Salmonella is an enteric pathogen that causes quite a lot of foodborne illness. I learned there were several species of Salmonella bacteria of which the cause of typhoid fever was called Salmonella typi. Spread via food and water it used to kill a lot of people in the 19th and early 20th centuries. Nowadays all Salmonella bacteria are considered to be different subspecies (serovars) of just one species, Salmonella enterica. There are more than 2500 of them, of which several routinely infect humans. Salmonella enteritidis is the most common form of foodborne bacterial infection (NB: many foodborne infections are of unknown agent and many are probably viral). Since the 19th century we’ve cleaned up the water supplies with disinfection and filtration and improved the food supplies. We can even treat typhoid and some of the other salmonella infections with antibiotics. Typhoid fever responds well but is only a tiny fraction of salmonellosis these days. For non-typhoid salmonella gastroenteritis whether to treat with antibiotics is a matter of clinical judgment. Randomized trials don’t show a clear-cut benefit and even suggest antibiotic treatment may prolong bacterial shedding in the stools, but for serious illness or infants less than 2 months, people with significant co-morbidities like sickle cell disease or immune deficiencies, antibiotics are still used. The main types are fluoroquinolones (e.g., Cipro) or the new generation of cephalosporins (ceftrioxone). Unfortunately both classes of antibiotics are also used in industrial livestock production to increase growth of animals and that has caused worries that these huge operations are incubators for drug resistant organisms. A paper just being published in Foodborne Pathogens and Disease asked whether retail supermarket chickens might be a place where one could contract drug resistant salmonellosis. The answer seems to be, “maybe.” From the abstract:
Methods: We isolated Salmonella from raw chicken purchased from a randomly selected sample of retail outlets in central Pennsylvania during 2006-2007. Salmonella isolates from meat were compared, using pulsed-field gel electrophoresis, to isolates in the PulseNet database of Salmonella recovered from humans.
Results: Of 378 chicken meat samples, 84 (22%) contained Salmonella. Twenty-six (31%) of the Salmonella isolates were resistant to ≥3 antimicrobials and 18 (21%) were resistant to ceftiofur. All ceftiofur-resistant isolates exhibited reduced susceptibility (minimum inhibitory concentration >2μg/mL) to ceftriaxone and carried a blaCMY gene, as detected by polymerase chain reaction. Among the 28 Salmonella serovar Typhimurium isolates, 20 (71.4%) were resistant to ≥3 antimicrobials and 12 (42.9%) were resistant to ceftiofur. One ceftiofur-resistant Salmonella serovar Typhimurium poultry isolate exhibited a rare pulsed-field gel electrophoresis pattern indistinguishable from a human isolate in PulseNet; both isolates carried the blaCMY-2 gene. (M’ikanatha et al., Multidrug-Resistant Salmonella Isolates from Retail Chicken Meat Compared with Human Clinical Isolates, Foodborne Pathogens and Disease [onlinhe ahead of print; doi:10.1089/fpd.2009.0499, sub required]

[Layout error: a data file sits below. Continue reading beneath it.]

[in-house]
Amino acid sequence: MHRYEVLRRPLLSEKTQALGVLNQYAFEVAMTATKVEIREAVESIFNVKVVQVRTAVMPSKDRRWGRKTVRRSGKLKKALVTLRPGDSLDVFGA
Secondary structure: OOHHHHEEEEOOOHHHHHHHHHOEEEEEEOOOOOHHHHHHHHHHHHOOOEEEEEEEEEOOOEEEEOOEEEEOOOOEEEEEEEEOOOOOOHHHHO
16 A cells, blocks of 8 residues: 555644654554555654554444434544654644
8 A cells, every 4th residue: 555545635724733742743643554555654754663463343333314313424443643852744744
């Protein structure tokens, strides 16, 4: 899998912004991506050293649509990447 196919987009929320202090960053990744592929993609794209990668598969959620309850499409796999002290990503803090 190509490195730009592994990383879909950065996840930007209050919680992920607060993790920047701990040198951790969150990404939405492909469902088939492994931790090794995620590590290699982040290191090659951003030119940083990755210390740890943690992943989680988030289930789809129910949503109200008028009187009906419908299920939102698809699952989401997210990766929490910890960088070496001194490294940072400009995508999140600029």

In essence they determined a molecular fingerprint of salmonella isolated from supermarket chicken and compared it to those in a database of molecular fingerprints from salmonella isolated from people with salmonellosis. There was one exact match, but the sample was pretty small. Was chicken a source of that case? We don’t know. We only know that this rare salmonella serovar was found in both supermarket chicken and a human. It isn’t clear if they were even from the same geographic area. Of interest is that the match was for salmonella resistant to the new generation of cefalosporins. Make of that what you will.
About a fifth of the supermarket chicken samples contained salmonella. That doesn’t mean you would get sick from eating the chicken if it was properly prepared and cooked, since cooking kills salmonella. On the other hand, it would be possible to cross-contaminate foods that are eaten raw, say by cutting salad on a cutting board that was not properly washed after being used to cut up the chicken or by unwashed hands that handled the raw meat and then the salad. Sometimes juice from the raw meat drips onto food eaten raw. Lots of possibilities, so don’t count on cooking alone to protect you.
Of the salmonella that was there, almost a third were resistant to three or more antibiotics and a fifth to the third generation cephalosporins. This included the one that matched the fingerprint of the human isolate in CDC’s Foodnet surveillance system.
If large commercial poultry operations are breeding grounds for drug resistant salmonella, the bugs still have to get out and into the community. This small study shows that they make it all the way to the supermarket refrigerator case as one possible route.